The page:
Simon Werner A Disparu
, February 23rd, 2011 11:21
Releasing soundtracks to low-budget French psychological thrillers? Surely this is exactly what Sonic Youth’s SYR imprint was set up to do. In the fifteen years since its formation, the label’s output and the more commercial concerns of its parent band have become more and more separated, to the extent that 2008’s J’accuse Ted Hughes - SYR’s 41- minute, two track release about the former poet laureate and husband of Sylvia Plath - was sandwiched between the comparatively hit-filled material found on Rather Ripped and The Eternal; all three bearing the Sonic Youth moniker.
2010 saw Thurston Moore and co. return to the freedom of SYR to begin recording Simon Werner a Disparu: a fully instrumental soundtrack to Fabrice Gobert’s film of the same name. The resulting album, released six months later than its cinematic subject, finds the group attempting to augment the unsettling feel of the film, largely by piecing together scraps of half-formed song ideas that drift in and out - sometimes in the suspenseful manner of Lalo Schiffrin’s compositions for Dirty Harry or Bullit - but more often than not with a frustratingly formless and unguided approach.
Opener ‘Thème de Jérémie’ noodles around with some scratched and scuffed guitar string abuse; sporadic notes over a flurry of cymbals accenting an overriding lack of coherence, before ‘Alice et Simon’ kicks things into gear with a mid-paced Sonic Youth groove, eventually fading away into further moody guitar atmospheres. ‘Les Anges au Piano’ opens with a guitar motif that crops up regularly on the album, moving into shimmering reverbed drones and almost Reich-like loop phasing on the ivories, while ‘Chez Yves (Alice et Clara)’ picks up the pace with bursts of determined drumming and Moore scraping psychosis from the strings of his guitar.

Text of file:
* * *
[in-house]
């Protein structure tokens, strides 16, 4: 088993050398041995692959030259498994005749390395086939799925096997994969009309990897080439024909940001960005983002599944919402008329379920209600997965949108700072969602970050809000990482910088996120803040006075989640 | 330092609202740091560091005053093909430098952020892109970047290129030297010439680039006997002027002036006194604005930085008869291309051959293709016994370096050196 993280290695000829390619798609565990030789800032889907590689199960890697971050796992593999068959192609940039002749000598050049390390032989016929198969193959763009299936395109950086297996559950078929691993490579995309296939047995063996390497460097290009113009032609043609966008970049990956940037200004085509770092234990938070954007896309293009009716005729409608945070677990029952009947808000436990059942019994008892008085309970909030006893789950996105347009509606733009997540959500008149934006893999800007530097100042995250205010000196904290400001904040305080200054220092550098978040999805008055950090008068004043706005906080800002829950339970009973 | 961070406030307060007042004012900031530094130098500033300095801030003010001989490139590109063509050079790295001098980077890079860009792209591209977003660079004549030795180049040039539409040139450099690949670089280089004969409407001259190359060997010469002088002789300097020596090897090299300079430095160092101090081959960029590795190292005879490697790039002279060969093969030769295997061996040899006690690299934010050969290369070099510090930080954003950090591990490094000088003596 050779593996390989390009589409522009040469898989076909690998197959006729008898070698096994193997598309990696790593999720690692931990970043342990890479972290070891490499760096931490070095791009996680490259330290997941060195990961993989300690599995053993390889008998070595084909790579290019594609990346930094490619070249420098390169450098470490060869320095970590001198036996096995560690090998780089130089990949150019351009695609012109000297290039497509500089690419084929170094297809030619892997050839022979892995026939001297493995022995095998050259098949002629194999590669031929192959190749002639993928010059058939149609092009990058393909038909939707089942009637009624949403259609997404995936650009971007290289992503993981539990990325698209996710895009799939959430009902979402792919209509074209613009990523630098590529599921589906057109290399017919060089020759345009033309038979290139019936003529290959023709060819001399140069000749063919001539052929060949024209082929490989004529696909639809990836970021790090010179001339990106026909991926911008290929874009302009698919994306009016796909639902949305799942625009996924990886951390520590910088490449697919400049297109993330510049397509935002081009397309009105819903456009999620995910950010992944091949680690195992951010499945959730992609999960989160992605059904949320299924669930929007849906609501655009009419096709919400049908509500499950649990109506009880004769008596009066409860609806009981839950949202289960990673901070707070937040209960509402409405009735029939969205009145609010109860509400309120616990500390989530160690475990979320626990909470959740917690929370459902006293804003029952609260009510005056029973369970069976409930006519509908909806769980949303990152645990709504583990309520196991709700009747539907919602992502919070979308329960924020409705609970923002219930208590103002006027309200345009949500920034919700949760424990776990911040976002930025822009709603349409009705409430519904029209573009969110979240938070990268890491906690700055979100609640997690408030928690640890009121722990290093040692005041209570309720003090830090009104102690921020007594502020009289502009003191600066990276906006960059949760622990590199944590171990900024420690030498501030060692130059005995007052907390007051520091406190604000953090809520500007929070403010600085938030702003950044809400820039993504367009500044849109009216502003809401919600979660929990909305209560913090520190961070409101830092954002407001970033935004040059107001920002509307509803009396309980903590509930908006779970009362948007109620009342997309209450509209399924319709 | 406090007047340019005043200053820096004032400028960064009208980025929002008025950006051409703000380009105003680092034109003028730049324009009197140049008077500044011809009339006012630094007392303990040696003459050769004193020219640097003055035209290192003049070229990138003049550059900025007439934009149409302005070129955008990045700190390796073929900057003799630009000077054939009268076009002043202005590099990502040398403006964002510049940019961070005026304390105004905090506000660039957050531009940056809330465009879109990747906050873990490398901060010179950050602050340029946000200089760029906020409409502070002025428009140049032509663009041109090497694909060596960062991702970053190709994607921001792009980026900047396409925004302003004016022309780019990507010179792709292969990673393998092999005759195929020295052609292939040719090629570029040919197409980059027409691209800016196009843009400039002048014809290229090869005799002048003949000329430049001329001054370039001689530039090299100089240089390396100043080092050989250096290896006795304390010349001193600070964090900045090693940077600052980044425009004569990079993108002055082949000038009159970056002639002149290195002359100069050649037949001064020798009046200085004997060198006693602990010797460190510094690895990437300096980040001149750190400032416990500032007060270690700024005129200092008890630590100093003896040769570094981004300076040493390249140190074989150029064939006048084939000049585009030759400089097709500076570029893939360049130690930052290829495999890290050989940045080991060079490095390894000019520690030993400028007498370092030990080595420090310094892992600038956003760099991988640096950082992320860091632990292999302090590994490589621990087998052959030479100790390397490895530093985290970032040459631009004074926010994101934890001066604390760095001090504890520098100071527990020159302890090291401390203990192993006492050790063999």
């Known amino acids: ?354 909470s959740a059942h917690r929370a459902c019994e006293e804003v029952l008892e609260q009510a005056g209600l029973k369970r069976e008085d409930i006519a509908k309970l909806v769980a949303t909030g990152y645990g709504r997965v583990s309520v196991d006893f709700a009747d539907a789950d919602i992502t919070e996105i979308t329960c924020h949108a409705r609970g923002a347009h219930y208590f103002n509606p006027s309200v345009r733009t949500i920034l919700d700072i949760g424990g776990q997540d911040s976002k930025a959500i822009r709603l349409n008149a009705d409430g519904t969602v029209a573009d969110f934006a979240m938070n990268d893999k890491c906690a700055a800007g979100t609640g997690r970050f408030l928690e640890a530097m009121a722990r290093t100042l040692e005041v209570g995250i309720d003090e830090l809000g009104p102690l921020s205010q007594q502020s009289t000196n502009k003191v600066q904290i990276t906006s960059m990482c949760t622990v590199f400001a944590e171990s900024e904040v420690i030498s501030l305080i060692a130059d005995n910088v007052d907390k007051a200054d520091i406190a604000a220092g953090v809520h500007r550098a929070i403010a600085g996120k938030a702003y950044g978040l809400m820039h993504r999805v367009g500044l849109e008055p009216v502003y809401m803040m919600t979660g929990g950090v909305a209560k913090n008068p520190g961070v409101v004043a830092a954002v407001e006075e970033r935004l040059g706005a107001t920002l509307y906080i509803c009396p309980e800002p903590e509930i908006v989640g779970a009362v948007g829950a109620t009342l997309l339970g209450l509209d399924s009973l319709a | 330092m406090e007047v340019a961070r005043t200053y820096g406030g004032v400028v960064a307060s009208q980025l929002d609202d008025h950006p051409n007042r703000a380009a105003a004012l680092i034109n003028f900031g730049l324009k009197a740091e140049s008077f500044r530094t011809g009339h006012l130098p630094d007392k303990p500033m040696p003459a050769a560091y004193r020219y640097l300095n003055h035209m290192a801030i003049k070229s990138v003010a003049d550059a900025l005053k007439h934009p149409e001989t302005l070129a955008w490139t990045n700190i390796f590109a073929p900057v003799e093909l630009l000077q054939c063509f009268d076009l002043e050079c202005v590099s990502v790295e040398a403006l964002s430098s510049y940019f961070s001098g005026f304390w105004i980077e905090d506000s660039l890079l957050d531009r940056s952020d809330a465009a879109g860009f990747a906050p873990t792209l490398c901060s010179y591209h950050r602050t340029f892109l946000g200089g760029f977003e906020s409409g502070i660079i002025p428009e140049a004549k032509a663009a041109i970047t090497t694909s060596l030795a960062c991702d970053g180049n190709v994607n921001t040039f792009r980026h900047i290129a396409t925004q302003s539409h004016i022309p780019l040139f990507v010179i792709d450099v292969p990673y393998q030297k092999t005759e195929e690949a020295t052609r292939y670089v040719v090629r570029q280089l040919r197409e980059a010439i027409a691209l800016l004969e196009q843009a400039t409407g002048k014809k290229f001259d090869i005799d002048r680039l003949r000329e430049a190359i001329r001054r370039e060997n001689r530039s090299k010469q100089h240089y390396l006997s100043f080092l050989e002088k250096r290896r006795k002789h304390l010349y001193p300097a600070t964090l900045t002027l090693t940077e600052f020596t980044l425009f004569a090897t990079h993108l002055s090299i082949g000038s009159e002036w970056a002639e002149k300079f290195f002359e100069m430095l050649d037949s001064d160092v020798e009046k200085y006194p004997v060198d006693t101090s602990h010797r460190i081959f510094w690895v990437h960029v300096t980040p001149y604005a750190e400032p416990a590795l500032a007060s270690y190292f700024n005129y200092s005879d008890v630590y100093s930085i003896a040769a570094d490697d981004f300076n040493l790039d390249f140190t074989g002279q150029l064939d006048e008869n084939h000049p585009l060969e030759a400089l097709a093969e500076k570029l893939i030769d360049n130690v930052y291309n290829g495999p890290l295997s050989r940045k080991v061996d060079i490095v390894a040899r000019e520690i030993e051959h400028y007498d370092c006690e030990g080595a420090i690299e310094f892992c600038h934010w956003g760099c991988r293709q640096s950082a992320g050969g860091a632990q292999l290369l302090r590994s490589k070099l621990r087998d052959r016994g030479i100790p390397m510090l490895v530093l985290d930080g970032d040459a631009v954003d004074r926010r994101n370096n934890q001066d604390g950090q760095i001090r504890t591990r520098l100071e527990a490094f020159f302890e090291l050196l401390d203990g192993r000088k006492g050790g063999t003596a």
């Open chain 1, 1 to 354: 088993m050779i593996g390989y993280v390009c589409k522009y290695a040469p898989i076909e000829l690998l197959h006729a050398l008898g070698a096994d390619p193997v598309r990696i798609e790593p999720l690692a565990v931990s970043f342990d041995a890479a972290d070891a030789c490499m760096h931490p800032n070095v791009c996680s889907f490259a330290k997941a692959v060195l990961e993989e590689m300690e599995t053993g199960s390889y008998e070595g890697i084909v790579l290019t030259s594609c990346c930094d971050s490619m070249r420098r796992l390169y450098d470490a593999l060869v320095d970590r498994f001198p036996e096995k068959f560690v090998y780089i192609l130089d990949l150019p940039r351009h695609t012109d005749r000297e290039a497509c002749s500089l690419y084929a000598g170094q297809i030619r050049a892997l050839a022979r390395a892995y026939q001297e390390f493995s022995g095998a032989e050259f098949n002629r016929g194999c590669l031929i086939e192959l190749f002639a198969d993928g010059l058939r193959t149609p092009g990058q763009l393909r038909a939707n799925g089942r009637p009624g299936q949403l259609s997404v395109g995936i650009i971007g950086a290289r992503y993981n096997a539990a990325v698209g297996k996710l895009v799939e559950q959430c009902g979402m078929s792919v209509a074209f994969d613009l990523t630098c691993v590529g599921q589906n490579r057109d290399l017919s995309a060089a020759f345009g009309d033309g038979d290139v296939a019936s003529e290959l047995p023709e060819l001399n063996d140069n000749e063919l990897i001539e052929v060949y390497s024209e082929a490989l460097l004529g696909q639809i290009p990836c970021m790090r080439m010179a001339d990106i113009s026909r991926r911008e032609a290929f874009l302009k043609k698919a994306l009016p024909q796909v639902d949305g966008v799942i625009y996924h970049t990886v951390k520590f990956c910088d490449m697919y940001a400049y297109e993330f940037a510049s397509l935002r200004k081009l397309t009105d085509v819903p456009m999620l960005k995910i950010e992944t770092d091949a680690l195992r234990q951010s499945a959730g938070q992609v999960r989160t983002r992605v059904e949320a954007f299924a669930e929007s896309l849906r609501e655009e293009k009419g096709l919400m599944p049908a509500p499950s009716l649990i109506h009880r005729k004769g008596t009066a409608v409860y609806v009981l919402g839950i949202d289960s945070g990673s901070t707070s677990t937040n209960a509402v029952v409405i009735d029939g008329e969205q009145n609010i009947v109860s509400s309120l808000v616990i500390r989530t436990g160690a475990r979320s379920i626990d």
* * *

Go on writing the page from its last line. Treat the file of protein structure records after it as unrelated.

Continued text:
Set to the film’s disconcerting premise of teacher-student abduction, the often nonsensical passages of seemingly improvised sketches begin to expose their initial intent, despite occasionally failing to fully realise it. There are, however, many successes. The lethargic menace of ‘Jean-Baptiste à la Fenêtre’ proves that the iconic groups’s sense of harmony has not forsaken them completely, and introduces a musical theme that is revisited many times, most notably on ‘Escapades’. ‘La Cabine au Zodiac’ sits intermingling guitar harmonics over patient cymbal work, eventually blooming into a major chord progression that contrasts nicely with the gloom of previous tracks.
The pretty piano miniature ‘Jean-Baptitse et Laetitia’ hints at what could have been a welcoming direction for the album to take, away from the frustratingly repetitive ‘Thème de Simon’ and the meandering ‘Au Café’.
Bursts of noise similar to those found on Moore’s 2007 solo effort Trees Outside The Academy permeate the album, most gratingly on the ear-splitting intro to ‘Thème de Laetitia’. Final track ‘Thème d’Alice’ collects and extends some of the set’s more lucid ideas into a structured 13-minute package - almost a complete ‘best of’ - and a further extension of this piece could have constituted the soundtrack in its entirety.
As it is, Simon Werner a Disparu is a largely frustrating collection, at times inaccessible and too reliant on its visual accompaniment, at others interesting and full of cinematic potential. It’s telling that compositional ideas from previous SYR releases have been platforms for subsequent Sonic Youth albums, and perhaps this is what the label is all about: a sanctuary for experimentation and scrapbooking, an outlet for musical brain-storming. A touch more consistency and bearing, and Simon Werner a Disparu could be a great starting point for a new album, perhaps more in the vein of 2009’s The Eternal.